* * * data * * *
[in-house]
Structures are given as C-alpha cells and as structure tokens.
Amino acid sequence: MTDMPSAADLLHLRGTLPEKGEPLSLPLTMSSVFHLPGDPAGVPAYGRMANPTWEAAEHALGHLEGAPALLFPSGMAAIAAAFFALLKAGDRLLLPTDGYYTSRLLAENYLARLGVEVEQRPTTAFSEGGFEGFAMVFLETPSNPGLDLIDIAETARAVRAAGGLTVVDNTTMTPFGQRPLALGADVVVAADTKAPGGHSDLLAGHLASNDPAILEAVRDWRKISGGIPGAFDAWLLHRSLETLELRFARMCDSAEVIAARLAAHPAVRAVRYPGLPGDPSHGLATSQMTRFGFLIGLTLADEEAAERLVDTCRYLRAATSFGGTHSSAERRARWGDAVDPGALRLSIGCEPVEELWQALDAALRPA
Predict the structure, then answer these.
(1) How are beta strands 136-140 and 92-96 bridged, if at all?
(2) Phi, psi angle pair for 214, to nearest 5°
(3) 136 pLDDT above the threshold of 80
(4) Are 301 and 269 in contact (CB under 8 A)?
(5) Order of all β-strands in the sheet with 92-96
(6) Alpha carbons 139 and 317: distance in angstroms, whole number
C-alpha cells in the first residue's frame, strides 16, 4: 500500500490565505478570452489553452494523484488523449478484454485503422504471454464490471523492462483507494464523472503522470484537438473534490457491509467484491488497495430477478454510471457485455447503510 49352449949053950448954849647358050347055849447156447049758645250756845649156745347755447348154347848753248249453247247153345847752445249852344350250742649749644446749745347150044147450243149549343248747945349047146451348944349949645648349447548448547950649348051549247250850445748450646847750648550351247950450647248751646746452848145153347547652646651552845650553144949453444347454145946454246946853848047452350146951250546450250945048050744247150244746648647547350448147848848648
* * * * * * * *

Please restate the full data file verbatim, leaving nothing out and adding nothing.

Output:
[in-house]
Structures are given as C-alpha cells and as structure tokens.
Amino acid sequence: MTDMPSAADLLHLRGTLPEKGEPLSLPLTMSSVFHLPGDPAGVPAYGRMANPTWEAAEHALGHLEGAPALLFPSGMAAIAAAFFALLKAGDRLLLPTDGYYTSRLLAENYLARLGVEVEQRPTTAFSEGGFEGFAMVFLETPSNPGLDLIDIAETARAVRAAGGLTVVDNTTMTPFGQRPLALGADVVVAADTKAPGGHSDLLAGHLASNDPAILEAVRDWRKISGGIPGAFDAWLLHRSLETLELRFARMCDSAEVIAARLAAHPAVRAVRYPGLPGDPSHGLATSQMTRFGFLIGLTLADEEAAERLVDTCRYLRAATSFGGTHSSAERRARWGDAVDPGALRLSIGCEPVEELWQALDAALRPA
Predict the structure, then answer these.
(1) How are beta strands 136-140 and 92-96 bridged, if at all?
(2) Phi, psi angle pair for 214, to nearest 5°
(3) 136 pLDDT above the threshold of 80
(4) Are 301 and 269 in contact (CB under 8 A)?
(5) Order of all β-strands in the sheet with 92-96
(6) Alpha carbons 139 and 317: distance in angstroms, whole number
C-alpha cells in the first residue's frame, strides 16, 4: 500500500490565505478570452489553452494523484488523449478484454485503422504471454464490471523492462483507494464523472503522470484537438473534490457491509467484491488497495430477478454510471457485455447503510 49352449949053950448954849647358050347055849447156447049758645250756845649156745347755447348154347848753248249453247247153345847752445249852344350250742649749644446749745347150044147450243149549343248747945349047146451348944349949645648349447548448547950649348051549247250850445748450646847750648550351247950450647248751646746452848145153347547652646651552845650553144949453444347454145946454246946853848047452350146951250546450250945048050744247150244746648647547350448147848848648